50 Years of Apollo

On July 21, it will be FIFTY years since mankind first walked on the Moon.

Although the Russians – with superior rocket power – managed to get not only the first satellite in space, but the first man in orbit, first woman in orbit, and smash the first man-made object into the moon, it wasn’t until May of 1961 when President John F. Kennedy gave his famous speech, challenging America that “this nation should commit itself to achieving the goal, before this decade is out, of landing a man on the moon and returning him safely to the Earth.”

United for the Cause

Perhaps no other statement since Roosevelt’s “Date which will live in infamy…” speech has done more to stir an entire nation in a single united direction. Congress allotted funding. The infant technology industry ramped up. Mylar was invented. Velcro found a use. Manufacturing learned to miniaturize (in a time of bulky tubes and transistors, when each reel of magnetic computer tape could hold a whopping 184 Kilobytes of memory [for reference, an MP3 recording of the Star Spangled Banner runs around 900 Kb – half your memory]). The entire country surged forward with that dream, no doubt spurred on as an homage to Kennedy following his assassination. TV picked up the dream with serious and non-serious programs like Star Trek, Lost in Space, Dr. Who, and more. Movies gave way to huge spectacles, such as 2001: A Space Odyssey, Planet of the Apes, and a few thousand campy pulp films. Food wasn’t left out: the need to eat in space gave us the use of TANG, dehydrated ice cream, and Pillsbury Space Food Sticks.

The Final Frontier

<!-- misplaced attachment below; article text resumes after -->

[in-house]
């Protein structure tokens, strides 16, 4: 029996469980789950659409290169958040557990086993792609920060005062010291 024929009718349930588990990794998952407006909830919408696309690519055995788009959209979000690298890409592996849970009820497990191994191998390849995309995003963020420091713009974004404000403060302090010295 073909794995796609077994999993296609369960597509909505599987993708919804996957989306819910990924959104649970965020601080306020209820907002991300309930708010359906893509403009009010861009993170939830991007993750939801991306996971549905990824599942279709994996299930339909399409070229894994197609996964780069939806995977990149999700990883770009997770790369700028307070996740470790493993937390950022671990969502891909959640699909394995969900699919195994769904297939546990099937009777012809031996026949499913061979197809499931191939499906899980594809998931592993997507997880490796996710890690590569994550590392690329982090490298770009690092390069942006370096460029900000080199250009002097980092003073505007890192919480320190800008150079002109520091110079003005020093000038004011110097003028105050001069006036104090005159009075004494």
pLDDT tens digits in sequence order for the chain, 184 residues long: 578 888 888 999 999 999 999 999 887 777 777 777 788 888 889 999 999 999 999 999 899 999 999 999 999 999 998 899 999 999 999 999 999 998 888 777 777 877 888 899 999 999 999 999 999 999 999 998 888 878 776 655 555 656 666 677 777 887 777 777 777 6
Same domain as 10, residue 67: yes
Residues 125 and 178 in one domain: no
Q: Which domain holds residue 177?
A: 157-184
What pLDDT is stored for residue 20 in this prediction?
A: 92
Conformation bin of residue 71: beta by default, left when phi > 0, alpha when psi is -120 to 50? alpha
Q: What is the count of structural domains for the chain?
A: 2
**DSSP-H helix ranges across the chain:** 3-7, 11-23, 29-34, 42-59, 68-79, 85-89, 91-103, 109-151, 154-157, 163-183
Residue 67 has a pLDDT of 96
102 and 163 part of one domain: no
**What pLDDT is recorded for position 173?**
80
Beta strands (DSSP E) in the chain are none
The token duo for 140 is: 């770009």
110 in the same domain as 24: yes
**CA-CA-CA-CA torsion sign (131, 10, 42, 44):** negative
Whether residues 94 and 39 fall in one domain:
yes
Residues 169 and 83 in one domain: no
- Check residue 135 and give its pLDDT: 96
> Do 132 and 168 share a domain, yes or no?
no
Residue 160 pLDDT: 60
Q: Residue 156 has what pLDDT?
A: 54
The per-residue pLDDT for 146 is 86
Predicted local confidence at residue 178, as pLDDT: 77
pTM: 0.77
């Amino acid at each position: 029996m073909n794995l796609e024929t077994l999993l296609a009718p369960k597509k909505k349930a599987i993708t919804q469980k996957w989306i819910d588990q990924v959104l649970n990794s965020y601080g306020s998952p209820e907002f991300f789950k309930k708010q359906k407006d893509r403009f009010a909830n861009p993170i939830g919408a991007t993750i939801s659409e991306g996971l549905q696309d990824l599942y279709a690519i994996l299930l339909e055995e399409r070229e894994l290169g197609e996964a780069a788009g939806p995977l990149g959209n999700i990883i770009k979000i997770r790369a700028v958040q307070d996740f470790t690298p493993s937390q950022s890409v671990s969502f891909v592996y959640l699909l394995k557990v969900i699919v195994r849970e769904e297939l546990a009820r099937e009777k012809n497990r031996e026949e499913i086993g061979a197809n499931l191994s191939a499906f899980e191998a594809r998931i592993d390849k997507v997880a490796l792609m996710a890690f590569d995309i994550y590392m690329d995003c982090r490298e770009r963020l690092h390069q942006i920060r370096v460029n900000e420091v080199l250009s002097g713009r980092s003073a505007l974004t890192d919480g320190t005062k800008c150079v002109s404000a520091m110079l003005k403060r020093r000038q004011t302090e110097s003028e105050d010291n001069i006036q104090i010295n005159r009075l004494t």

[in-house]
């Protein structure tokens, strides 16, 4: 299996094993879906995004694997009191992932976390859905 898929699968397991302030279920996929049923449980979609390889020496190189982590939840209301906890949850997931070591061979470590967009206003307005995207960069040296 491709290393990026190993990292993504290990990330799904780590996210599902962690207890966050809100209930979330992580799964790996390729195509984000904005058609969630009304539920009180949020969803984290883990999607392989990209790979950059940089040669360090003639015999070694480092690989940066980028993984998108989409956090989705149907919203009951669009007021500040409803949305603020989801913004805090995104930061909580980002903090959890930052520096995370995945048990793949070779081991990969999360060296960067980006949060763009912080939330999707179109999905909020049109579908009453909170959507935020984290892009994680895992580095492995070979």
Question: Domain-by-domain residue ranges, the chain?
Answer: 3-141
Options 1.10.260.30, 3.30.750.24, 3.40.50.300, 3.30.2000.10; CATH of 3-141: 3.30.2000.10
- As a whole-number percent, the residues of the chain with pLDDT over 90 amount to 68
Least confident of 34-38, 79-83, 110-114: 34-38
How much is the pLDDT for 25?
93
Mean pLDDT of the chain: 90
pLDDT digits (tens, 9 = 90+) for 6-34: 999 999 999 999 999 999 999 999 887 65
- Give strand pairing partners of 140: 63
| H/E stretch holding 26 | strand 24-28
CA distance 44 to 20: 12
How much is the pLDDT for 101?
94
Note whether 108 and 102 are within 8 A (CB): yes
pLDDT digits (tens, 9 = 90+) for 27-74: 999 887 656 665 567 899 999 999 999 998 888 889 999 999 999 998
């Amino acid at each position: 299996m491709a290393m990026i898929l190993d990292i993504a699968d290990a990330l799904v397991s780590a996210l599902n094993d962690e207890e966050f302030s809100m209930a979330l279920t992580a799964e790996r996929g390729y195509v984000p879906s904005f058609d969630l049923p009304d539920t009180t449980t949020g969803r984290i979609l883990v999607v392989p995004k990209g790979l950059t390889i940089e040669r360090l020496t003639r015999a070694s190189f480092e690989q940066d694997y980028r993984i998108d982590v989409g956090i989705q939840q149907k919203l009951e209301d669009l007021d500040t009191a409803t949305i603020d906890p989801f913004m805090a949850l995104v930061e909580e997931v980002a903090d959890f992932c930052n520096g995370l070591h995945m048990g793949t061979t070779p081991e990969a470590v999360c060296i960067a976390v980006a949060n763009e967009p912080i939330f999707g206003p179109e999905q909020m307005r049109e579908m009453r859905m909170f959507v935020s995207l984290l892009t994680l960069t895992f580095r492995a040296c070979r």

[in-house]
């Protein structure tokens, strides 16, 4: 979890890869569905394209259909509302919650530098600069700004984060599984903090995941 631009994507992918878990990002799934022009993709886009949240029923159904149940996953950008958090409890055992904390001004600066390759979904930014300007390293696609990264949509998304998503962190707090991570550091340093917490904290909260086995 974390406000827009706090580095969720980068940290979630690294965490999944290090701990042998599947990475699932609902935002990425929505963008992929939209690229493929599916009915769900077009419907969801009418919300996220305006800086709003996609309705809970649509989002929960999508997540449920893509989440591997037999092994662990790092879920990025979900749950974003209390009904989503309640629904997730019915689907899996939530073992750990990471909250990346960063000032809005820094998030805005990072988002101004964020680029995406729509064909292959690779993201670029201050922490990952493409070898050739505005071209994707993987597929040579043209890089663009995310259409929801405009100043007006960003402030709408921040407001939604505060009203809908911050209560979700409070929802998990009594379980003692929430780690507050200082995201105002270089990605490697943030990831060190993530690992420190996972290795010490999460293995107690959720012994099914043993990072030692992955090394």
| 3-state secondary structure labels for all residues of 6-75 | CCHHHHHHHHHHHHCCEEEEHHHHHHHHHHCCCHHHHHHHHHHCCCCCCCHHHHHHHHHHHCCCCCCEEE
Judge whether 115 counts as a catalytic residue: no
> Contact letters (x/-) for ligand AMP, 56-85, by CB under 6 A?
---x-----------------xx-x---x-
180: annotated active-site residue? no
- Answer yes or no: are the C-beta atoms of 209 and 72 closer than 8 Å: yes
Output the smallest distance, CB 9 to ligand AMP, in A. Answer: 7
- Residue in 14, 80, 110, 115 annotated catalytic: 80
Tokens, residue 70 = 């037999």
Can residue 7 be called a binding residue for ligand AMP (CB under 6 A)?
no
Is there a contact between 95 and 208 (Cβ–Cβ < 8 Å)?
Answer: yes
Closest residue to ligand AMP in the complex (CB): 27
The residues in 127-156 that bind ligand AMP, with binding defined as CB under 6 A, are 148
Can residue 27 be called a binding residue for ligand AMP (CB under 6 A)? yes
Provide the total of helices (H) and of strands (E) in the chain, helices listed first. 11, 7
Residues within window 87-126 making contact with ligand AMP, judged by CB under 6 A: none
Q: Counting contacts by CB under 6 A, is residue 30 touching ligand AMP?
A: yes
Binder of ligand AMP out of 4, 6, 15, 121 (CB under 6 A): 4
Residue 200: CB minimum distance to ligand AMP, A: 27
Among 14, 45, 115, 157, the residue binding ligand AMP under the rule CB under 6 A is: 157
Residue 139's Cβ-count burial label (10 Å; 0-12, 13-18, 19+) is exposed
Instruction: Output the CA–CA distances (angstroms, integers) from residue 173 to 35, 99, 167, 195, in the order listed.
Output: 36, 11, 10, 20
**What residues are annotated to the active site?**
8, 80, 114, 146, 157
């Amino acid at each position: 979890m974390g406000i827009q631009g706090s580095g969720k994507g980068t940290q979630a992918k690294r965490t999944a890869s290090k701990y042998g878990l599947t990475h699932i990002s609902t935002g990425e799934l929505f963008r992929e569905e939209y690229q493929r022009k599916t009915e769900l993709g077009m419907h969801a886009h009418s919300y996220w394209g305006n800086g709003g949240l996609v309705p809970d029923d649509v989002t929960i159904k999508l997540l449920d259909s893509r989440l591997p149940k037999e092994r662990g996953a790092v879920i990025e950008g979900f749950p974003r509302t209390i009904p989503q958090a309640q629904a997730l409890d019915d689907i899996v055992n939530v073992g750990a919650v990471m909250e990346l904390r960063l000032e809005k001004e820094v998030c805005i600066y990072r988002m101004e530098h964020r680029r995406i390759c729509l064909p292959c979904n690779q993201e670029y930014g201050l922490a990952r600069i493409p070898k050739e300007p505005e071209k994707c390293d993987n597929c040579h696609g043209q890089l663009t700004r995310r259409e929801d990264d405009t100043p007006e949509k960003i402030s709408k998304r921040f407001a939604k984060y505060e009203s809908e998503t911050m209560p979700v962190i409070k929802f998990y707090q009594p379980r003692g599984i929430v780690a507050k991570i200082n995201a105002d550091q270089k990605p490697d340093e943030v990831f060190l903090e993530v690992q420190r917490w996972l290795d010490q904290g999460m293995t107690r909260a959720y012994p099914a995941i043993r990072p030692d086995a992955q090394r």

The road to the moon was littered with failures – we didn’t even manage to smash a probe onto the moon until 1962. We made it through the Gemini program, only to learn that some things couldn’t be rushed or corners cut when the Apollo 1 crew – Gus Grissom, Ed White, and Roger Chaffee – burned to death in an oxygen fire in a test module, because the pressurized doors opened the wrong way. This led to a pause – there was no Apollo 2 or 3, and 4-5-6 were all unmanned. If ever there was a lot of pressure on a crew, Apollo 7 was the first 3-manned crew to blast off Earth, period. Missions 8-10 looped the moon, giving us the famous Earthrise photo.

Apollo 11 pulled it all together. With less computer capability than an Apple watch, the lunar lander settled on the moon,  Armstrong sent out the famous words, “The Eagle has landed,” followed shortly by Armstrong’s historic “One small step for man, one giant leap for mankind.” At the end of an incredibly violent, divisive, depressing decade, the entire world came together for a few brief moments to rejoice.